- Ocean's Tiniest Predator. Christoph tell that Braarudosphaera bigelowii, a member of the photosynthetic algal clade Haptophyta, has been identified as a very tiny predator of the abundant marine cyanobacterium Prochlorococcus.
- Ocean's Tiniest Predator – Um, Really? It turns out that B. bigelowii (see above) may not be the predator in question. Christoph discusses this interesting controversy and says: ‘Advances in the sciences are often – if not usually – kickstarted by someone literally seeing things for the first time that others failed to see even when in plain sight. The necessary scientific debate of such "Firsts" is what drives advances in knowledge.’
- Good Reading: Bacterial communication through electrical signaling. Ananya Sen, a graduate student at the U. of Illinois at Urbana, discusses the recent work on communication between bacterial biofilms carried out via electric signals.
- Biofilms Utilize Competition for Maximum Growth. The recent work of the Süel lab on intra-biofilm communication is further discussed by Aaron Angerstein and Yao Yao, biology graduate students at UC San Diego and Maria Isabel Rojas at San Diego State University. The conclusion? When resources are limited, biofilms have the "intelligence" to implement a resource-sharing strategy in order to resolve conflicts with neighboring biofilms.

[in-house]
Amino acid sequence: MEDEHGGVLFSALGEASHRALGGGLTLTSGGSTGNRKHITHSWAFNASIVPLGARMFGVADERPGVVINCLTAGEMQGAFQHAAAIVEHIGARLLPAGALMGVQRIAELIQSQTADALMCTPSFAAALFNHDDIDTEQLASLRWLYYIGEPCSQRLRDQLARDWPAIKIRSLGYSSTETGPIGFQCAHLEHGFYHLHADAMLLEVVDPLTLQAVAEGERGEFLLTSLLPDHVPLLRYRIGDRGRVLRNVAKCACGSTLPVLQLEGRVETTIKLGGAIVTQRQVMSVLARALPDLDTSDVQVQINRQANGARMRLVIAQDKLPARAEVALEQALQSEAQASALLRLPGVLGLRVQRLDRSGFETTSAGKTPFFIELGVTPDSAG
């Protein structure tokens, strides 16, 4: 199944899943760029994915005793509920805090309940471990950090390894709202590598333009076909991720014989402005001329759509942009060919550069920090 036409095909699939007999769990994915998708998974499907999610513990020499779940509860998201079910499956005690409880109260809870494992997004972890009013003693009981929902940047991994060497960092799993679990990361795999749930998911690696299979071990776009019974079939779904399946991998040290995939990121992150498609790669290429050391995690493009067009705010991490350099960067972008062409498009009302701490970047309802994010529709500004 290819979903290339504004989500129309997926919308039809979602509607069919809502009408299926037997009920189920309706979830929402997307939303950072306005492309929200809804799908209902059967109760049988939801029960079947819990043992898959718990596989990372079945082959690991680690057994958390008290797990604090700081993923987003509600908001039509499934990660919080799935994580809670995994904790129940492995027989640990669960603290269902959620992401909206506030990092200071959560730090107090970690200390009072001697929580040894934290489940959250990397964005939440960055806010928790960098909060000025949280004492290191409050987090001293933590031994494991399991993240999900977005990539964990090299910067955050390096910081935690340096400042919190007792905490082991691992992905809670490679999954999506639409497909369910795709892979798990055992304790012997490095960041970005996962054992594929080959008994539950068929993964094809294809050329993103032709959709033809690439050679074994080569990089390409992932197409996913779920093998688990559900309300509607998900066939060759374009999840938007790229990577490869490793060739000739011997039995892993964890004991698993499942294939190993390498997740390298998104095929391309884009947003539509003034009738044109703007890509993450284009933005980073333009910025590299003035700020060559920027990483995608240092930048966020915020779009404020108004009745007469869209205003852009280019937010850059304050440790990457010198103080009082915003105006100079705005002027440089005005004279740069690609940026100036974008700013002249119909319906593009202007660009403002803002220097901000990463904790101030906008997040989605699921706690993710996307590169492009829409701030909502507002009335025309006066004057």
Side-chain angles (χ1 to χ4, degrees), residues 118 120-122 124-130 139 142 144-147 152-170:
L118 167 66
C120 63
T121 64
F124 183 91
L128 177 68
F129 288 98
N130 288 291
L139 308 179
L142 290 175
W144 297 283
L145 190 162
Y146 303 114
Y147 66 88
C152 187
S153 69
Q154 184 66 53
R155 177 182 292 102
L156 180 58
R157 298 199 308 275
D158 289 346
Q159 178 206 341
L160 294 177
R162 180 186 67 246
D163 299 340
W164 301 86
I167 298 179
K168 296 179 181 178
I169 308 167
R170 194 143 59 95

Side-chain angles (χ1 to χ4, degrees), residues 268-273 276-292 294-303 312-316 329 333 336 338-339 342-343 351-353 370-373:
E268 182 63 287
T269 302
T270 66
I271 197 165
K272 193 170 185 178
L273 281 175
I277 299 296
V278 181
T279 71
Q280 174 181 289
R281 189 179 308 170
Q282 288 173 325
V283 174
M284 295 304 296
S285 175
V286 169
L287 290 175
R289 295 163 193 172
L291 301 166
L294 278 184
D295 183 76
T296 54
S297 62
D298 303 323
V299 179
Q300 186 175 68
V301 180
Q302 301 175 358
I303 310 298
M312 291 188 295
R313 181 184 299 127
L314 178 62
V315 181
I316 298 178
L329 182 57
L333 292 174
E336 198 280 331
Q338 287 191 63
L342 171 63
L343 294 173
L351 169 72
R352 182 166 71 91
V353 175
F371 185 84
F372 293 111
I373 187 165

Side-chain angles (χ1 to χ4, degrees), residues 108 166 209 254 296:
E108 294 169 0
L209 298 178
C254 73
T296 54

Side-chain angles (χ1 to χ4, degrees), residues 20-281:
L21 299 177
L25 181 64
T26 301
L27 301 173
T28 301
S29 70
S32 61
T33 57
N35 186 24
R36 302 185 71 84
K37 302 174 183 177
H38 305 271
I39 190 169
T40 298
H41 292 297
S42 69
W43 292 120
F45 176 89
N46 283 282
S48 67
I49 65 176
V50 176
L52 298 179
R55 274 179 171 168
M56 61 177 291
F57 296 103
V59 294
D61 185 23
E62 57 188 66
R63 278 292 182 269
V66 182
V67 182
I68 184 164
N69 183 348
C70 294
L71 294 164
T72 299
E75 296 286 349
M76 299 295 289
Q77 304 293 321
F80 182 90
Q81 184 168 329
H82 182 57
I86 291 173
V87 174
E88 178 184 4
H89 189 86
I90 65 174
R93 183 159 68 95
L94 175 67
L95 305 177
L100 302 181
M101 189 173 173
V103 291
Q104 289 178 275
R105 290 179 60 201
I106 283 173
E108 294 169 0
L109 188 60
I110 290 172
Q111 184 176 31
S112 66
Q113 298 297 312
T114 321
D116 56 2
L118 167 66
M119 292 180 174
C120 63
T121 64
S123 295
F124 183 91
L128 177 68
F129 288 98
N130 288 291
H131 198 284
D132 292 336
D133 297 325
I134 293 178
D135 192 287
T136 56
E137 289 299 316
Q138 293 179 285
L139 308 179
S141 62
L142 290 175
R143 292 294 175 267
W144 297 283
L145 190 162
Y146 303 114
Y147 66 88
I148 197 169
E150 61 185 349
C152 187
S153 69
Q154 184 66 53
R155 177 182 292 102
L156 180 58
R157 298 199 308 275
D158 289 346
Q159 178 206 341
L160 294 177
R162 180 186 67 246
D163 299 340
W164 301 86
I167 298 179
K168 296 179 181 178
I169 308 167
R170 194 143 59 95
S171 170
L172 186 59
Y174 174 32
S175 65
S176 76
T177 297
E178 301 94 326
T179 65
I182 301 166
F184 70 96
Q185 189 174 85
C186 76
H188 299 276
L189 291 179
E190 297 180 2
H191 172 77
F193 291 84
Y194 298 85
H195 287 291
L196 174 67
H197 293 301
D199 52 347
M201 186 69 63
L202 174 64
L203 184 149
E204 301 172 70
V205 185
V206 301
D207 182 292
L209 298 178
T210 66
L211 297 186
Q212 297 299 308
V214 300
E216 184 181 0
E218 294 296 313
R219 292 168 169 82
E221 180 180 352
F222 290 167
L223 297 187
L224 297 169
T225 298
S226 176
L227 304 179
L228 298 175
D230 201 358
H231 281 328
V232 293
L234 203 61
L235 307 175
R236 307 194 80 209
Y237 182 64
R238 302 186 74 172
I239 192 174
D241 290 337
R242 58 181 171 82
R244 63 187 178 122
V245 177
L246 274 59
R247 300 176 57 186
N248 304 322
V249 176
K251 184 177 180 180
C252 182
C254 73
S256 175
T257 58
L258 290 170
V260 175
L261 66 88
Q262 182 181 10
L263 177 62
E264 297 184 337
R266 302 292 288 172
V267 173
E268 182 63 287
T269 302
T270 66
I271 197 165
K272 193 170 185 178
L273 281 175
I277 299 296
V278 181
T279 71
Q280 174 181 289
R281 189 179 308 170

- The Nuclear Option. Christoph discusses bacteria as nuclear invaders of amoebas and other organisms. Rickettsiae are not unique in this regard, but they frequently localize in the nuclei of a variety of cells. Maybe they get there during mitosis (no nuclear envelope?) Lots more to this topic here, so read on…
Musings et al.
- Microbial Olympians . Did you think that only people participate in the Olympics? Try again and thank Jamie for making microbes participate. Rodeo, luge, synch swimming, wrestling, etc.
- Felix qui potuit rerum cognoscere causas. Elio evokes Virgil’s dictum that "Happy is he who was able to know the causes of things" and ponders over its deeper meaning.
- A Whiff of Taxonomy – Eliobacter woosyi. Elio’s 90th birthday caused the STC team to have fun with an imaginary microbe that is supposed to reveal aspects of his life. Did it?
- STC's Messy 'Search' Function... ‘Search’ in STC doesn’t search very well. Consider googling the item plus Small Things Considered.
- Cryptic Oddballs. Jamie loves cyptograms, so she produced another microbiological one.
- An Exam Question. Our Cairo University friend, Prof. Ramy Aziz shared fun he had with his students.
- Fine Reading: A Collection of Notable Publications from 2017. We asked a number of our friends and colleagues from many locations from across the globe to select a publication from 2017 that they found particularly fascinating. A number of them responded with alacrity
Fungomania (by Elio)
- Fungomania I. The Yeast and the Bee
- Fungomania II. The Humongousest Fungus
- Fungomania III. Everybody Talks About the Weather But Mushrooms Do Something About It.
- Talmudic Question #151
- Talmudic Question #152
- Talmudic Question #153
- Pictures Considered #45. A Gauze Bandage
- Pictures Considered #46. Fairy Lights (nanometer scale)